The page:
Another seminar that I went to in the McGill Psychology department in 2005 was given by Iris van Rooij, a young researcher in cognitive science with a background in computer science. Her talk focused on looking at the issue of computational complexity within cognitive science and her thesis went something like this:
When psychologists describe humans as performing some task, they need to bear in mind that humans must have the cognitive resources to do so.
This is not particularly controversial. My earlier posts argued that humans DON’T have the cognitive resources to compute or understand the implications of the average of 800 large decision trees.
However, the example she gave was was quite different. Her example was the categorization problem. That is, one of the things cognitive scientists think we do is to automatically categorize the world — to decide that some things are chairs and others plants and yet others pacifiers-with-mustaches-drawn-on. Moreover, we don’t just classify the world, we also work out what the classes (and possibly subclasses are) and we do so at a very young age. There is, after all, no evolutionary reason that we should be born knowing what a chair is, or a pacifier-with-mustaches, either.
van Rooij’s problem with this was that the classification problem is NP-hard. This takes a bit of unpacking. Imagine the problem that we have a set of objects, and have some measure that quantifies how similar each pair of objects is. We now want to sort them into a set of classes where the elements of any class are closer to each other than they are to elements of any other class. It turns out that this problem, if you want to get it exactly right, takes computational effort that grows very quickly as the number of objects you are dealing with increases. For even a few hundred objects the amount of time required to produce a categorization on the sort of laptop that I run will end up measured in years, and humans are certainly not much faster at most computation.** Thus, said van Rooij, we cannot reasonably say that humans are solving the categorization problem.
Now the natural response is that “Well obviously we’re not carrying out this form of mathematical idealization.” In fact, when computers are required to do something like this they use a set of heuristic approaches that don’t exactly solve the problem, but hopefully come somewhere close. van Rooij reply would be (actually was) “Then you should describe what humans are actually doing.” Now this is fair enough as it goes, but I still thought “Surely the description that this is the sort of problem we’re trying to solve still has value.”
This is a specific case of saying “the world behaves approximately like this”, or even “my model behaves approximately like this”. From a scientific perspective, the initial proposition “Humans carry out categorization” opens the way to exploring how we do so, or try to do so. So dismissing this approximate description because it isn’t computationally feasible that we exactly solve a mathematical idealization just prevents psychologists from using a good launching pad. With any such claim, they will almost certainly discover that the statements are naive and humans more error-prone than the claim implies.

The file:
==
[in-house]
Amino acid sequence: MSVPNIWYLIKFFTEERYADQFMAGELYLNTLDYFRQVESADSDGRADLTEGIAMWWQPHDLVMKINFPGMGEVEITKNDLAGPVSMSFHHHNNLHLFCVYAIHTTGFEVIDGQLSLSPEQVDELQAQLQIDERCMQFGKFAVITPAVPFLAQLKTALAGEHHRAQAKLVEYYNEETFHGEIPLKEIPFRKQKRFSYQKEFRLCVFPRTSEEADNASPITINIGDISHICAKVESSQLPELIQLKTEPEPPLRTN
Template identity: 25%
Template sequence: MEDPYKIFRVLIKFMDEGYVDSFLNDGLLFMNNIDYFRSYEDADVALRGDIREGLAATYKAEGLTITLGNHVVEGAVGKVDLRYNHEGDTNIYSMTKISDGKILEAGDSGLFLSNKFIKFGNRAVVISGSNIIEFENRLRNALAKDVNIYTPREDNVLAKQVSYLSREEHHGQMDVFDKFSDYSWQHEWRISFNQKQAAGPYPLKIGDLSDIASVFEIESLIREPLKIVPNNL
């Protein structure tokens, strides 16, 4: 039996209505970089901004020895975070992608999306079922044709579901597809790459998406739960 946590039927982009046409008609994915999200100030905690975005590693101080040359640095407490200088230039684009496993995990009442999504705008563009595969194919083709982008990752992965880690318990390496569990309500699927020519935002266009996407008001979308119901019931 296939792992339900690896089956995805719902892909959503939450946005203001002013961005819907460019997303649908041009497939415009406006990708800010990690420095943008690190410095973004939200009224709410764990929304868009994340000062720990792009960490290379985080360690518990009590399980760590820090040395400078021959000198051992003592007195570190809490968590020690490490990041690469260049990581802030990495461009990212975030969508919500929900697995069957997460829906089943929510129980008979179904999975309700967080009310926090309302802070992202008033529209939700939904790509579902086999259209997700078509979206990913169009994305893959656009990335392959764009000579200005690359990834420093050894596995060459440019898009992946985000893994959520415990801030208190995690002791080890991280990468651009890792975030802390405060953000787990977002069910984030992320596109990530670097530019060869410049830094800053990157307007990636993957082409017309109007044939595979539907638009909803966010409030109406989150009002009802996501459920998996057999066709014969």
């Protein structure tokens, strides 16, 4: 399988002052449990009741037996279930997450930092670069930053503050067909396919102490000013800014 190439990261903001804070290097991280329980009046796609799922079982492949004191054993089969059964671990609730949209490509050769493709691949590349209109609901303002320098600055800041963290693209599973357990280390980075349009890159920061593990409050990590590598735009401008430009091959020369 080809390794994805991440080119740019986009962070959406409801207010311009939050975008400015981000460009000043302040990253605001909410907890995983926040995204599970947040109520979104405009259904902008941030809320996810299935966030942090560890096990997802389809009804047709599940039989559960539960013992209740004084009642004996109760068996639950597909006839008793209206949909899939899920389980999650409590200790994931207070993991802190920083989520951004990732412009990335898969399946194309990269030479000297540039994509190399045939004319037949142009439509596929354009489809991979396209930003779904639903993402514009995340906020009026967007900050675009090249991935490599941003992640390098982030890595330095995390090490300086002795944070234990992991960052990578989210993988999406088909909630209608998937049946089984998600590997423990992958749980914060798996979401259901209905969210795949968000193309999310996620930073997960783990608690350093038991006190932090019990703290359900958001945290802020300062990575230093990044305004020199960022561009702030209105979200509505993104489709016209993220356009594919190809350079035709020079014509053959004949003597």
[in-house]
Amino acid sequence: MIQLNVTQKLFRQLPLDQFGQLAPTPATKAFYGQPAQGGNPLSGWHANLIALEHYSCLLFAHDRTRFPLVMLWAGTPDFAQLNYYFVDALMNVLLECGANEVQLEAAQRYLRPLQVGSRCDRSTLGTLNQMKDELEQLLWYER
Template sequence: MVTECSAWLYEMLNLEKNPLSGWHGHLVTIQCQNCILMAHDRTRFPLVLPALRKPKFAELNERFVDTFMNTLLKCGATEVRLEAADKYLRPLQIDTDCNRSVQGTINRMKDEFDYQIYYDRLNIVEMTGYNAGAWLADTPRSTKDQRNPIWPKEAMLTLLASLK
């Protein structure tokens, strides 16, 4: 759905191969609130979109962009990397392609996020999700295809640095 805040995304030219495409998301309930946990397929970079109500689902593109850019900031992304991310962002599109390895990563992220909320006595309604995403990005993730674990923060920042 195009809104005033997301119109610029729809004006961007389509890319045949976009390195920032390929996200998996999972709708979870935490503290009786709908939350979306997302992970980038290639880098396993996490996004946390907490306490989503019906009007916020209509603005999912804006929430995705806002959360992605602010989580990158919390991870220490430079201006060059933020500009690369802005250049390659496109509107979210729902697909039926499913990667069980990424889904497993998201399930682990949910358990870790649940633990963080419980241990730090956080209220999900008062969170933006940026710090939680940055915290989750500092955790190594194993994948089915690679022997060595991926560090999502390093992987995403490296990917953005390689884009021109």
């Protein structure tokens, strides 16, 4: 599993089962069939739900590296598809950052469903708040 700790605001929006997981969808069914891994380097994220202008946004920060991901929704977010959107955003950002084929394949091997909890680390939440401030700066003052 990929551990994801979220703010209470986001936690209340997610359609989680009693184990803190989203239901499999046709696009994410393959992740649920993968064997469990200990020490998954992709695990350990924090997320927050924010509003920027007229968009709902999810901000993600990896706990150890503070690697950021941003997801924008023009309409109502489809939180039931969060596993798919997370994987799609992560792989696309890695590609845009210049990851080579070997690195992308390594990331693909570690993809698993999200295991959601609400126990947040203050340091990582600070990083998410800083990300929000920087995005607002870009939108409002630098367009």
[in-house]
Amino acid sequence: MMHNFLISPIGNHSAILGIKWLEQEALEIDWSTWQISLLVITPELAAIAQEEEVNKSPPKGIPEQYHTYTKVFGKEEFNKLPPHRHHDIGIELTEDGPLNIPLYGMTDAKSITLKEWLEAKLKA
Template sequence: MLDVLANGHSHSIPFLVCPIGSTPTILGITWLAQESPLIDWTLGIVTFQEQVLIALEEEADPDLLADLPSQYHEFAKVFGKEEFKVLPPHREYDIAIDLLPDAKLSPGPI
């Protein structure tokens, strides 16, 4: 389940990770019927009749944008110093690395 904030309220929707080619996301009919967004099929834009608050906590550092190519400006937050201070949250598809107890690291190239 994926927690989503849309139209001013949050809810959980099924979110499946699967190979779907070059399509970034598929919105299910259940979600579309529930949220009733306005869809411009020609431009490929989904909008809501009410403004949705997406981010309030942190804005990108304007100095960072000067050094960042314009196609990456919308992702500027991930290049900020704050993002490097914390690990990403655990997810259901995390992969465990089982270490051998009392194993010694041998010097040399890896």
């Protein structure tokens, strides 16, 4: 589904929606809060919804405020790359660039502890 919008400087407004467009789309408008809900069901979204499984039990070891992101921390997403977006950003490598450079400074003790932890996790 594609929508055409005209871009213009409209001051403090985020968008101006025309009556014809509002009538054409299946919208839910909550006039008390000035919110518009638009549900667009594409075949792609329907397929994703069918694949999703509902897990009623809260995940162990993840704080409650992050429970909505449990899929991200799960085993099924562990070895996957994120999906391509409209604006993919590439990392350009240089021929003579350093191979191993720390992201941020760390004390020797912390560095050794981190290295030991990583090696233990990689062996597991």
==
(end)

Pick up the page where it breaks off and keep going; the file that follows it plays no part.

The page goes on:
But it also opens the question of what description of what humans do would suffice? We could certainly go down to voltages traveling between neurons in the brain, but this is unlikely to be particularly helpful for us “understanding” what is going on (even if that level of detail were experimentally, or computationally, feasible). After all, most of the experiments involving this task involve visual stimuli, at least, so various visual processing systems are involved, as well as memory, spacial processing (since we mostly think of grouping objects into piles) and who knows what else. It’s also not clear how specific all of this will be to the individual human. However, it is likely that any other description is only going to be approximate, even if it is now computationally feasible in a technical sense.
I think the higher level description of “they’re sorting the world into categories” is valuable, even knowing that it’s not exactly right, because it allows scientists to conceptualize the questions they’re asking, or to employ this task for other experiments. Of course, this is a very “science by interpretation” framework; a devotee of the ML viewpoint would presumably say that you should just predict what they will do and plug that into whatever you need it for.
By the same token, an approximate description of what the 800 bagged decision trees are doing is often enough to provide humans will some notion of what they need to think about, at least until we have computers to also plan our experiments for us. Of course any approximation has to come with caveates about where it works and when the narrative it gives you leads you in the wrong direction. It’s perfectly reasonable to say “humans categorize the world” if you are interested in using this task as some form of distraction for subjects while studying something else. It may too simplistic if the categories they come up with is part of what you are going to look at. Cognitive scientists are forced to start from the broad over-simplified statement and work out experimentally how it needs to be made more complicated. When looking at an ML model, we can see all of it directly and I’ll spend a post (in a little bit) on how that gets done.
Next, however, are models for dynamics and the distinction between being mechanistic and being interpretable.
** Quantum computers don’t face the same hurdles, but while there are quantum effects in biology, I don’t think we can claim it in the brain.